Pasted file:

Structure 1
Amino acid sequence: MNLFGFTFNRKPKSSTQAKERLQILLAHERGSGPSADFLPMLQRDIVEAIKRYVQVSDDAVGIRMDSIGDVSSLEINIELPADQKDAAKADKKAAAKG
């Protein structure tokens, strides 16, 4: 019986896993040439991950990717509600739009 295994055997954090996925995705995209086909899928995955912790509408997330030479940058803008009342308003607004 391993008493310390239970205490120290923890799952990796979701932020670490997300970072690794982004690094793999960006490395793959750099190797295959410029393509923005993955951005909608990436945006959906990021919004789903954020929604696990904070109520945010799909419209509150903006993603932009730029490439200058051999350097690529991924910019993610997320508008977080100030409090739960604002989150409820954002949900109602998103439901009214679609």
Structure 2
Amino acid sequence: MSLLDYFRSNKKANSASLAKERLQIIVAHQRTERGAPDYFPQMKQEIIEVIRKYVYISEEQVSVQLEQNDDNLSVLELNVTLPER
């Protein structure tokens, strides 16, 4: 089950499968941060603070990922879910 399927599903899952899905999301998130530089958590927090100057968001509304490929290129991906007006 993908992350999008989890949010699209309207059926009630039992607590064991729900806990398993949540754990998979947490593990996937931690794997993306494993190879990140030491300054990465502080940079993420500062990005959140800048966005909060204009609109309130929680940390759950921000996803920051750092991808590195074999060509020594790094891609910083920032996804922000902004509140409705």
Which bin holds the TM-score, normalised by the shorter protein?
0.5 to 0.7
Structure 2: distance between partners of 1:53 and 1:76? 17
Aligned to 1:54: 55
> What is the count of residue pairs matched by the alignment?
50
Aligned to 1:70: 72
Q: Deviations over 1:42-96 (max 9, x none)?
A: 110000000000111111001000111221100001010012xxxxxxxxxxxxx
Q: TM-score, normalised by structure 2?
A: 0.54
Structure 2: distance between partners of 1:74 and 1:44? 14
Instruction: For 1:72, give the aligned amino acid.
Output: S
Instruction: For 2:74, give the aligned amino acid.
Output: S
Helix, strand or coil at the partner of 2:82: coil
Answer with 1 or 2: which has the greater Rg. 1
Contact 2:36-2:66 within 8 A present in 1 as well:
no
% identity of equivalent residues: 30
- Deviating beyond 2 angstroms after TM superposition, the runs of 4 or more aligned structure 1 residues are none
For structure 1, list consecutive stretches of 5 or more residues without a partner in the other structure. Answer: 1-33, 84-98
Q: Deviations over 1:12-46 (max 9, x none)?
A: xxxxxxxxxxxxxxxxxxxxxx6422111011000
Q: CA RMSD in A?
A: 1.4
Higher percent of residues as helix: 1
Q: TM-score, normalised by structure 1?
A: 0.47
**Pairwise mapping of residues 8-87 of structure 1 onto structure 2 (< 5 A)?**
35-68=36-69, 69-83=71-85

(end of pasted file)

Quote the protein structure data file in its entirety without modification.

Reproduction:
Structure 1
Amino acid sequence: MNLFGFTFNRKPKSSTQAKERLQILLAHERGSGPSADFLPMLQRDIVEAIKRYVQVSDDAVGIRMDSIGDVSSLEINIELPADQKDAAKADKKAAAKG
């Protein structure tokens, strides 16, 4: 019986896993040439991950990717509600739009 295994055997954090996925995705995209086909899928995955912790509408997330030479940058803008009342308003607004 391993008493310390239970205490120290923890799952990796979701932020670490997300970072690794982004690094793999960006490395793959750099190797295959410029393509923005993955951005909608990436945006959906990021919004789903954020929604696990904070109520945010799909419209509150903006993603932009730029490439200058051999350097690529991924910019993610997320508008977080100030409090739960604002989150409820954002949900109602998103439901009214679609």
Structure 2
Amino acid sequence: MSLLDYFRSNKKANSASLAKERLQIIVAHQRTERGAPDYFPQMKQEIIEVIRKYVYISEEQVSVQLEQNDDNLSVLELNVTLPER
């Protein structure tokens, strides 16, 4: 089950499968941060603070990922879910 399927599903899952899905999301998130530089958590927090100057968001509304490929290129991906007006 993908992350999008989890949010699209309207059926009630039992607590064991729900806990398993949540754990998979947490593990996937931690794997993306494993190879990140030491300054990465502080940079993420500062990005959140800048966005909060204009609109309130929680940390759950921000996803920051750092991808590195074999060509020594790094891609910083920032996804922000902004509140409705």
Which bin holds the TM-score, normalised by the shorter protein?
0.5 to 0.7
Structure 2: distance between partners of 1:53 and 1:76? 17
Aligned to 1:54: 55
> What is the count of residue pairs matched by the alignment?
50
Aligned to 1:70: 72
Q: Deviations over 1:42-96 (max 9, x none)?
A: 110000000000111111001000111221100001010012xxxxxxxxxxxxx
Q: TM-score, normalised by structure 2?
A: 0.54
Structure 2: distance between partners of 1:74 and 1:44? 14
Instruction: For 1:72, give the aligned amino acid.
Output: S
Instruction: For 2:74, give the aligned amino acid.
Output: S
Helix, strand or coil at the partner of 2:82: coil
Answer with 1 or 2: which has the greater Rg. 1
Contact 2:36-2:66 within 8 A present in 1 as well:
no
% identity of equivalent residues: 30
- Deviating beyond 2 angstroms after TM superposition, the runs of 4 or more aligned structure 1 residues are none
For structure 1, list consecutive stretches of 5 or more residues without a partner in the other structure. Answer: 1-33, 84-98
Q: Deviations over 1:12-46 (max 9, x none)?
A: xxxxxxxxxxxxxxxxxxxxxx6422111011000
Q: CA RMSD in A?
A: 1.4
Higher percent of residues as helix: 1
Q: TM-score, normalised by structure 1?
A: 0.47
**Pairwise mapping of residues 8-87 of structure 1 onto structure 2 (< 5 A)?**
35-68=36-69, 69-83=71-85